The problem with glass

The problem with glass

One persistent part of the narrative around LTH Fontänen is that its 'glaslådor' (glass boxes) were subject to several attempts of "sabotage" by sling shot. Åke Holmberg, consulting engineer for the project, repeatedly cited this as the reason for the structure's failure rather than any miscalculation in design.

Portrait of Åke Holmberg. Source: Centerlöf & Holmberg

According to civil engineer Professor Sven Thelandersson, Klas Anshelm and Arne Jones insisted on using thick glass sheets imported from Belgium for the fountain. He wasn't sure why, but I suggested it could have been because it had a particular colour they liked, a hue that affected the way the sky looked beyond it. That's something I would think about if I were them.

Lars Henrik, Mick and I were meeting with Sven in V-Huset, V for Väg och vatten (road and water). We all agreed that cleaning the glass sheets would have been an ongoing headache for LTH. Given the muddy pond water we had just been staring at, it wasn't hard to imagine unwanted blots of algal growth accruing in corners and streaking the panes.  

Skissernas Museum in Lund has a small fragment of glass from the fountain in its collection. Archivist Ann Landgren produced it from storage, wearing the soft white gloves required for handling museum objects. It was neatly labeled on one edge with 'ADK 24277'. In a recent email, architect Per Qvarnström wrote "Jag har en liten bit av originalglaset på mitt kontor och den är lite grön i tonen. Råglas?" Raw glass, a little green in tone. What kind of glass was it, exactly?

Pilkington glass, also called float glass, is made in a process where molten glass flows on a bath of tin and is " flattened by its own weight, creating a very flat sheet with a uniform thickness, perfectly smooth on both sides." Invented by Alistair Pilkington in the 1950s, it was in widespread production from the early 1960s and transformed the post-war construction industry. The LTH Fountain's glass panels were at least 20mm thick. The fragment I saw at the museum had smooth broken edges, how I imagine a small piece of glacier might look.  It's definitely not laminated glass (the kind that car windscreens and bus shelters have), and its not tempered glass (which breaks into thousands of small "pebbles" on impact) so perhaps what Per is referring to is annealed glass.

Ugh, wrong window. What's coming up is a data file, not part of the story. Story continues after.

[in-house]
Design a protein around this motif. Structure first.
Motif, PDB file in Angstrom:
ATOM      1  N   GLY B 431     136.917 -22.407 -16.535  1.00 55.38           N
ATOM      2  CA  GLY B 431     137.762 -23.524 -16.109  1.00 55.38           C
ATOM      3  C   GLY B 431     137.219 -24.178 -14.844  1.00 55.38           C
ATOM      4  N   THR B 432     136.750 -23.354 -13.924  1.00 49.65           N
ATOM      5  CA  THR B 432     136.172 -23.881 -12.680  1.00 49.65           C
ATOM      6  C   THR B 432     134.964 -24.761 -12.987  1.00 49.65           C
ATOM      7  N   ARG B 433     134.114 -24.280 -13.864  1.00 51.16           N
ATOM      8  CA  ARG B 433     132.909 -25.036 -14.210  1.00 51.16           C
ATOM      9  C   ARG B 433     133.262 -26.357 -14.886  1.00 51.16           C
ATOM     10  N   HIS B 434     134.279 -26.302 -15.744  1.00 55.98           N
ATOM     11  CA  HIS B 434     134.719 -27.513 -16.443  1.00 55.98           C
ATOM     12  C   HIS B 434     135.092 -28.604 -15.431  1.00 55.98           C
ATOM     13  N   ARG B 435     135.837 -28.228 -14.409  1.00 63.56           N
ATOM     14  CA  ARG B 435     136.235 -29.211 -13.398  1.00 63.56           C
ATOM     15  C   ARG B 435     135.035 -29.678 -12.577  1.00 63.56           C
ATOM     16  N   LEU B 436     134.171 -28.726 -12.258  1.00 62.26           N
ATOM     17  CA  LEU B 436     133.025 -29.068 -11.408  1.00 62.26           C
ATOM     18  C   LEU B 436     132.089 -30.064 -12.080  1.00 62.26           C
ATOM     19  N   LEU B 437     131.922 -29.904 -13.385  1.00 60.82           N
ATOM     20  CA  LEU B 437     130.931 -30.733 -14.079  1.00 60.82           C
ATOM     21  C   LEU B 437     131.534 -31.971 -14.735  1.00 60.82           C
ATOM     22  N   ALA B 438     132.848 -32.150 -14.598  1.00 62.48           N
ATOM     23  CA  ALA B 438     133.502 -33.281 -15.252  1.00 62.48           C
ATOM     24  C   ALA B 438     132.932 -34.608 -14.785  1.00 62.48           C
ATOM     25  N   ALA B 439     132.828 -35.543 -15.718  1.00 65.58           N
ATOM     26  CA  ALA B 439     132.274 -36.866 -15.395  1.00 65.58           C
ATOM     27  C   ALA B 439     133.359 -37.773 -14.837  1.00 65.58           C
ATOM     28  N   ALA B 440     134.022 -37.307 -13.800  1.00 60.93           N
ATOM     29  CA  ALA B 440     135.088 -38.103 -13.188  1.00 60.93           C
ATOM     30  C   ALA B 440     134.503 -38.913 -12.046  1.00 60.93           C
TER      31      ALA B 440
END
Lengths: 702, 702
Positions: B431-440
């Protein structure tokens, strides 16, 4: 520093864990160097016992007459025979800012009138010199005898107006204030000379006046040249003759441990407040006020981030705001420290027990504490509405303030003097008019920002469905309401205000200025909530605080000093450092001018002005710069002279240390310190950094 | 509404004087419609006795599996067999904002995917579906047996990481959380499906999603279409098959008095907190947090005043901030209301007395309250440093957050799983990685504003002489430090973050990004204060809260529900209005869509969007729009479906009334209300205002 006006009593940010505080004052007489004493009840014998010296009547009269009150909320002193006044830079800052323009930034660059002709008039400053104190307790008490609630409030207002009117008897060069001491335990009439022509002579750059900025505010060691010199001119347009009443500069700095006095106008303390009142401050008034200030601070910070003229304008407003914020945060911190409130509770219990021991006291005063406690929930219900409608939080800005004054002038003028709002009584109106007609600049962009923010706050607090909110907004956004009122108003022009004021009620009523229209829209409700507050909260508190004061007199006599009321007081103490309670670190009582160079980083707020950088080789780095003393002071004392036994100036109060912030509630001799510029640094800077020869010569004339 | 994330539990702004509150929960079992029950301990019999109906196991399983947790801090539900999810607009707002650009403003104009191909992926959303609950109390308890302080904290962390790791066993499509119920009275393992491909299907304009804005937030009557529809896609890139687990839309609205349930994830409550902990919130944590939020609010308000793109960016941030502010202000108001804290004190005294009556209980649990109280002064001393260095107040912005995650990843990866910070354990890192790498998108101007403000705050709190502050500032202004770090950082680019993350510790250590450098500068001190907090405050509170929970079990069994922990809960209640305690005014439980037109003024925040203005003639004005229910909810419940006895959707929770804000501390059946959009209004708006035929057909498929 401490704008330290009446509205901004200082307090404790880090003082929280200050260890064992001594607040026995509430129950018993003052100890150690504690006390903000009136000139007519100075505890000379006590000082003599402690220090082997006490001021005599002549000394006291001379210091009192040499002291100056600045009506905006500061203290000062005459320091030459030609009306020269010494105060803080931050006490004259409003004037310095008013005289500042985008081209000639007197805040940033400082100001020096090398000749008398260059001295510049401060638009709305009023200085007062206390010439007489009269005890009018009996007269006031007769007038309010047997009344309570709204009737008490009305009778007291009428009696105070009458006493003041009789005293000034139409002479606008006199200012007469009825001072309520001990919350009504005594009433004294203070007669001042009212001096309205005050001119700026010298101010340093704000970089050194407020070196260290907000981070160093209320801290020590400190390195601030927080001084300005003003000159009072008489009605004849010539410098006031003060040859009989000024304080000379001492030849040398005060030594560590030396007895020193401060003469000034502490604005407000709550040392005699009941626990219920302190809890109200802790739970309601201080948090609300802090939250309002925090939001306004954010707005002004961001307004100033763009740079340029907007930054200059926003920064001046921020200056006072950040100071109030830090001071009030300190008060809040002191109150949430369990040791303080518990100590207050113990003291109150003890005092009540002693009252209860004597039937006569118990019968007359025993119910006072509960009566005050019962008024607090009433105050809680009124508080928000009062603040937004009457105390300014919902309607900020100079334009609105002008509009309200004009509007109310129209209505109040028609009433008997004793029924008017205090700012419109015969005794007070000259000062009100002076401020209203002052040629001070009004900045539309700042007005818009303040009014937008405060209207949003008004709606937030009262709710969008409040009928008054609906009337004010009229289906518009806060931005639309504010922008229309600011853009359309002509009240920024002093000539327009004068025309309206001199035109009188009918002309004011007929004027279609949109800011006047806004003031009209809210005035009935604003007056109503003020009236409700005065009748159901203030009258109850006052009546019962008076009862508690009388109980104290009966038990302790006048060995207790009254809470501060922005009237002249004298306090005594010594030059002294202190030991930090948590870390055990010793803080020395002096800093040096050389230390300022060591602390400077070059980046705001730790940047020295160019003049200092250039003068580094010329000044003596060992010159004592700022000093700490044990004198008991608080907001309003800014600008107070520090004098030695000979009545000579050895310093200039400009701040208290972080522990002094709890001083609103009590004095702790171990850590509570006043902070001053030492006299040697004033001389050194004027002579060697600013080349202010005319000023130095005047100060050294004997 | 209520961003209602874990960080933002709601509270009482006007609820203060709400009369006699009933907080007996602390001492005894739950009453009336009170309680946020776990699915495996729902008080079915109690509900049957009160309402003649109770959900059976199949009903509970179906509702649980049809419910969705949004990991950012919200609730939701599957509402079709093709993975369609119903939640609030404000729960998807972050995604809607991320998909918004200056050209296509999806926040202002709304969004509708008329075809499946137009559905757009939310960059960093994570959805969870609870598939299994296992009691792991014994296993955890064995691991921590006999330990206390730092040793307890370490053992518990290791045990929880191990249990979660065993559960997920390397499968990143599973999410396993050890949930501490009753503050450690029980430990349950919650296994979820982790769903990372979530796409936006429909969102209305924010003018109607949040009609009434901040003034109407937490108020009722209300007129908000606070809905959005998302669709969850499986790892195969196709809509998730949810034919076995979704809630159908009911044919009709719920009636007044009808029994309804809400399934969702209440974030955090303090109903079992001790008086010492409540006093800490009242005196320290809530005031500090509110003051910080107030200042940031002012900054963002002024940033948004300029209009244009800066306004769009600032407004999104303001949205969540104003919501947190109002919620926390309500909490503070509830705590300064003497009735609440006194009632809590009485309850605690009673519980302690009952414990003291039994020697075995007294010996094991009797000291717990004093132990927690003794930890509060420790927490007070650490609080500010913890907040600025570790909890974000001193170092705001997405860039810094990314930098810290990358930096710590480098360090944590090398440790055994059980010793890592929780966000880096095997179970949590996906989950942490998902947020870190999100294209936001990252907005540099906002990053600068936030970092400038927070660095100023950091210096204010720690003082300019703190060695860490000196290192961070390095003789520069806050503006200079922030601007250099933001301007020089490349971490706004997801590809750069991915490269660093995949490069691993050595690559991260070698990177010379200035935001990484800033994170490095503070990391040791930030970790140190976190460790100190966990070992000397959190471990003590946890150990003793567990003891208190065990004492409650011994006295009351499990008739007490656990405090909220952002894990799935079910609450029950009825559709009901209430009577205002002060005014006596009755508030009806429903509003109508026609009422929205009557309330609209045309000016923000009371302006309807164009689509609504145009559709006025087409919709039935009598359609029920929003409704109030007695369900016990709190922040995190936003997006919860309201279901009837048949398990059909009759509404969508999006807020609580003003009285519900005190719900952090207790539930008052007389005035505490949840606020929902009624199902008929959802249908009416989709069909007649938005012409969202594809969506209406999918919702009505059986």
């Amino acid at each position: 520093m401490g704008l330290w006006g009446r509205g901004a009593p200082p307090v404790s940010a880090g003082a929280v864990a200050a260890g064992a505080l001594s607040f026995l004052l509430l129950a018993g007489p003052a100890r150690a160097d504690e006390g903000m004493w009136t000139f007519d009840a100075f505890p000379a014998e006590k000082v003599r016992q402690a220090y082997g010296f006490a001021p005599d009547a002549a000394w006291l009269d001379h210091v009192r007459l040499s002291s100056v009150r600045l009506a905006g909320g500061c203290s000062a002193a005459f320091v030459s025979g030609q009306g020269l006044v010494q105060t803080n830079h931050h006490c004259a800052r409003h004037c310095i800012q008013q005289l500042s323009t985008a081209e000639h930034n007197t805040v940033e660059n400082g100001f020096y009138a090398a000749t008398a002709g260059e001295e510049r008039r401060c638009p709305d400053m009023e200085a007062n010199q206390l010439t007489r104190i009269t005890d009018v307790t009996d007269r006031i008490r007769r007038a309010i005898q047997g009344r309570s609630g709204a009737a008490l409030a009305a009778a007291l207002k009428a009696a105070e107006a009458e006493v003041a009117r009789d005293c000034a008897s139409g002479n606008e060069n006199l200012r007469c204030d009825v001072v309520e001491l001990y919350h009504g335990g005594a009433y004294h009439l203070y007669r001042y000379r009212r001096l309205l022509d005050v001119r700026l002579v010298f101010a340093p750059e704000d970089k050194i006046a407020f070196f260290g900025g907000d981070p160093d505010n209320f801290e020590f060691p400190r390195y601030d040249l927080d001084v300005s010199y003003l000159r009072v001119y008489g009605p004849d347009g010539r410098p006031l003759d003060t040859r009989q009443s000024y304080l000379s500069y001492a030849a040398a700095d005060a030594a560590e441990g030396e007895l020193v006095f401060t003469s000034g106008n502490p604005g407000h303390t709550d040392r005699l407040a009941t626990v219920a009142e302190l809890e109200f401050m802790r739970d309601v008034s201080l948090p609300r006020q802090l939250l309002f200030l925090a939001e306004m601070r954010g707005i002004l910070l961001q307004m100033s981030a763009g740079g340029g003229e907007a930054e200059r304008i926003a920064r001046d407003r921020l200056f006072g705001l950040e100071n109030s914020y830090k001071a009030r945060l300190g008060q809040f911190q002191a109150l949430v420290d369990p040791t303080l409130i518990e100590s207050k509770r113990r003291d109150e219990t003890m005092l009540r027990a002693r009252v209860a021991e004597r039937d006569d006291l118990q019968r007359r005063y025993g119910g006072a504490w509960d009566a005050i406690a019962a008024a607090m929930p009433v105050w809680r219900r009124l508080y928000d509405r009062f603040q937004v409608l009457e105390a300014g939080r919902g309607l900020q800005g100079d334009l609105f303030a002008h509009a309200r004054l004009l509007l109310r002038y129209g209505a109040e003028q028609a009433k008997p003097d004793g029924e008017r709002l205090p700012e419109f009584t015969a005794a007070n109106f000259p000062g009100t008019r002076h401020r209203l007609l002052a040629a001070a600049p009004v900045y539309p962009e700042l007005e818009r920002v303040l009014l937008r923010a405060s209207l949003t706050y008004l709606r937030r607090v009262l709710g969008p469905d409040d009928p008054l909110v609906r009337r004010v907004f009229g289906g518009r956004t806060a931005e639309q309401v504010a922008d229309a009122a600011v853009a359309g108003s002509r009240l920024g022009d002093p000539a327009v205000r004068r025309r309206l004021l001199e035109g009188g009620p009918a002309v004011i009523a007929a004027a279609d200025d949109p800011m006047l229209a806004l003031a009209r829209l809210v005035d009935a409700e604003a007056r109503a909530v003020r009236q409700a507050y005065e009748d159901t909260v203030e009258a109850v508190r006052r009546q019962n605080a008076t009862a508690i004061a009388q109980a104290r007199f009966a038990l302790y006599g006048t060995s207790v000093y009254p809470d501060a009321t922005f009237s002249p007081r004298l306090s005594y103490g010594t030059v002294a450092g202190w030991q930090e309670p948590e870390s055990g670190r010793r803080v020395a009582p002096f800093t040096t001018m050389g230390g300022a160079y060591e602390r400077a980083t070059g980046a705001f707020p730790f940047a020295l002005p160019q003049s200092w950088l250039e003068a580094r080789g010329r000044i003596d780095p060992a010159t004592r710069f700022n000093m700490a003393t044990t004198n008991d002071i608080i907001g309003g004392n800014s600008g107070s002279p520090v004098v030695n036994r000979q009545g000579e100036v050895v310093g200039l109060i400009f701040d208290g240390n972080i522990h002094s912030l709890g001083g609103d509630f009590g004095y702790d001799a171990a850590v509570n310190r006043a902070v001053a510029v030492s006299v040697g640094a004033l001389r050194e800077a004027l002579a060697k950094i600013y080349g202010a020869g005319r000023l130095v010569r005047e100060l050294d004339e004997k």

Annealing, sometimes called 'Standard Glass', is the first stage in strengthening float glass when it is the cooled slowly to room temperature to "relieve internal stressors". Tempered or toughened glass uses air blasted onto reheated annealed glass, producing different rates of cooling between the surface and interior. Its four times stronger than annealed glass, considerably more expensive, and cannot be drilled or cut without shattering.

When annealed glass breaks it fractures into long sharp shards. Not what you'd want for an overhead structure where glass panels also have some weight-bearing capacity. So, I think the fountain's glass may be what's called heat-strengthened glass – the point between annealing and tempering. Apparently this process is used when additional strength is required to resist wind pressure. Importantly, when fractured this type of glass also tends to stay anchored at the breakage point, rather than raining an explosion of those small glass pebbles mentioned above.  

Soon I am going to write to a man named Lennart Grip, former lecturer in Architecture at LTH and Lund resident. A news clipping from 2002 shows a photograph of Lennart holding one of fourteen glass panels he saved when LTH Fontänen was partially dismantled in the late 1990s. The caption reports that he has installed them in his garden in Lund. I'm curious to see the physical qualities of these large pieces of glass, and especially interested in how Lennart has arranged them.

Title image: Lennart Grip and glass, 2002. Source: Bild i Syd

Other images:

Portrait of Åke Holmberg. Source: Centerlöf & Holmberg;

LTH Fontänen. Photo: Håkan Röjder, 1996;

Glass fragment at Skissernas Museum. Photo: Maddie Leach, 2019.

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